Andreina Itriago Acosta and Patricia Laya, Bloomberg News
EnergiesNet.com 12 21 2022
Venezuela President Nicolas Maduro, who has been holed up in Caracas for most of the past four years, is making rare trips outside the capital to survey the damage caused by massive landslides in an attempt to shore up his diminished popular support.
Donning military fatigues and flanked by security, Maduro made two visits in the past week to Las Tejerias and Maracay, cities a few hours from Caracas that have borne the brunt of landslides caused by storms that have killed at least 57 and left dozens missing.
“For any of you in shock over losing everything and seeing their town destroyed, I came to say, ‘We are not going to abandon you. We are going to be with you until Las Tejerias is reborn,” he told a crowd Monday after shaking hands and examining mud-filled streets full of ruined homes, toppled trees and overturned cars.
While the visits reflect the gravity of the flooding, they also represent an opportunity for Maduro to shore up his support ahead of presidential elections in 2024 in which he is widely expected to run for a third, six-year term. As the 59-year-old approaches a decade in office since taking over from the late Hugo Chavez, he is trying lift an approval rating hovering around 20% and display an image of stability, analysts said.
“It is evident that there are electoral intentions there, but Maduro also wants to show that he is back on the ground,” said Ricardo Sucre, a professor of political science at the Central University of Venezuela in Caracas. “The government’s logic is that there are elections coming and they need to prepare. Chavismo is conscious that they need to reach more people.”
Days of torrential rains caused by tropical storms have caused huge mudslides in several states across the country, washing out bridges, destroying more than 20,000 homes and closing roads. Dozens have been killed. Maduro traveled on Oct. 10 to Las Tejerias, a city of about 50,000 people located some 50 miles from Caracas. He made a second trip on Monday to Las Tejerias and Maracay, an industrial city northwest of the capital.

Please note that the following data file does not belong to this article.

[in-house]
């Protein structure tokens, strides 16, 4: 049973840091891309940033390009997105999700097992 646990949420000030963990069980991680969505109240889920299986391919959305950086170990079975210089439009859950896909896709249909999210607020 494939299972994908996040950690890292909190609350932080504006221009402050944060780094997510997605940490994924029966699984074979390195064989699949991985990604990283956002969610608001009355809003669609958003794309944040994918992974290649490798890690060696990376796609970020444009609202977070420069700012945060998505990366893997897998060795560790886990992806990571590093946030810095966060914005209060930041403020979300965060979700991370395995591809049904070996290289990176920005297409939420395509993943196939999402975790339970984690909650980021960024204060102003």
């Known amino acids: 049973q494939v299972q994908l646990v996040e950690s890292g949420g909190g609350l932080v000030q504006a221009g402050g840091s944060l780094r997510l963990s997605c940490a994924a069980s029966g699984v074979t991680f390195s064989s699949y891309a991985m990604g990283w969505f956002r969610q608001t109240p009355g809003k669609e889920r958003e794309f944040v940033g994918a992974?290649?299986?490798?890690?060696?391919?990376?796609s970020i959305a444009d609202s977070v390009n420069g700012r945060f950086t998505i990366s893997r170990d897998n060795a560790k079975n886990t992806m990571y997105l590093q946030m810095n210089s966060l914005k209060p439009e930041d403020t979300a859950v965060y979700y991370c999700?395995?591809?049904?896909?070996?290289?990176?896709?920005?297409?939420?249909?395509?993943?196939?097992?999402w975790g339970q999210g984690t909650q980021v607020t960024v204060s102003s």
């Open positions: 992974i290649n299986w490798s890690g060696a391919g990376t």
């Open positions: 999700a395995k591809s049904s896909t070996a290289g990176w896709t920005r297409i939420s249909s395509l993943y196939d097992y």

The public appearances are uncommon for a president who has mostly kept to the confines of the presidential palace since a 2018 attack by explosive-laden drones during a military parade in Caracas. Maduro emerged unharmed, but the attempt — along with massive street marches against him and uproar over a crumbling economy — contributed to his withdrawal from public appearances.
He relied heavily on near-daily appearances on state television, which can last hours, and rarely left the country. That began to change earlier this year. In the past few months Maduro has held massive rallies alongside his family members, where catchy pop tunes rattle lyrics such as “the people rule with Maduro.” In June, he toured six countries in the Middle East and Europe in 10 days aiming to raise foreign investment.
Opposition parties have said they plan to compete in 2024 after holding primaries next year, emboldened by their gubernatorial victory in a Chavista stronghold earlier this year.
The Venezuelan electoral council sets the window for political campaigning when it announces the election date. But for most Venezuelans, Maduro’s recent push is a clear sign he’s entered campaign mode. In a televised address Sept. 22, Maduro said the Socialist party was preparing for victory in 2024 and legislative elections in 2025, though he said campaign season has not started. Maduro has yet to formally announce his candidacy.
The Communications Ministry did not respond to a request for comment.
Roughly half of Venezuelans said Maduro should not stay in power beyond 2024 in a recent survey. He is trying to bolster his popularity by talking up an economic rebound estimated at around 20% this year.
Signs featuring a large yellow, blue and red “M” for Maduro alongside the slogan “Together we are more” have been popping up near infrastructure projects in the past weeks. The president has also promoted a mobile app with which citizens can log their complaints, from power outages to potholes, in what he calls a direct line from people to the government.
“For Maduro I think it is really too late to seek popularity. What he seeks is acceptance,” said David Smilde, professor and Venezuela expert and Tulane University. “If he shows himself as omnipresent and as the most important way people can satisfy their needs, it will reduce people’s interest in opposing him.”
bloomberg.com 12 19 2022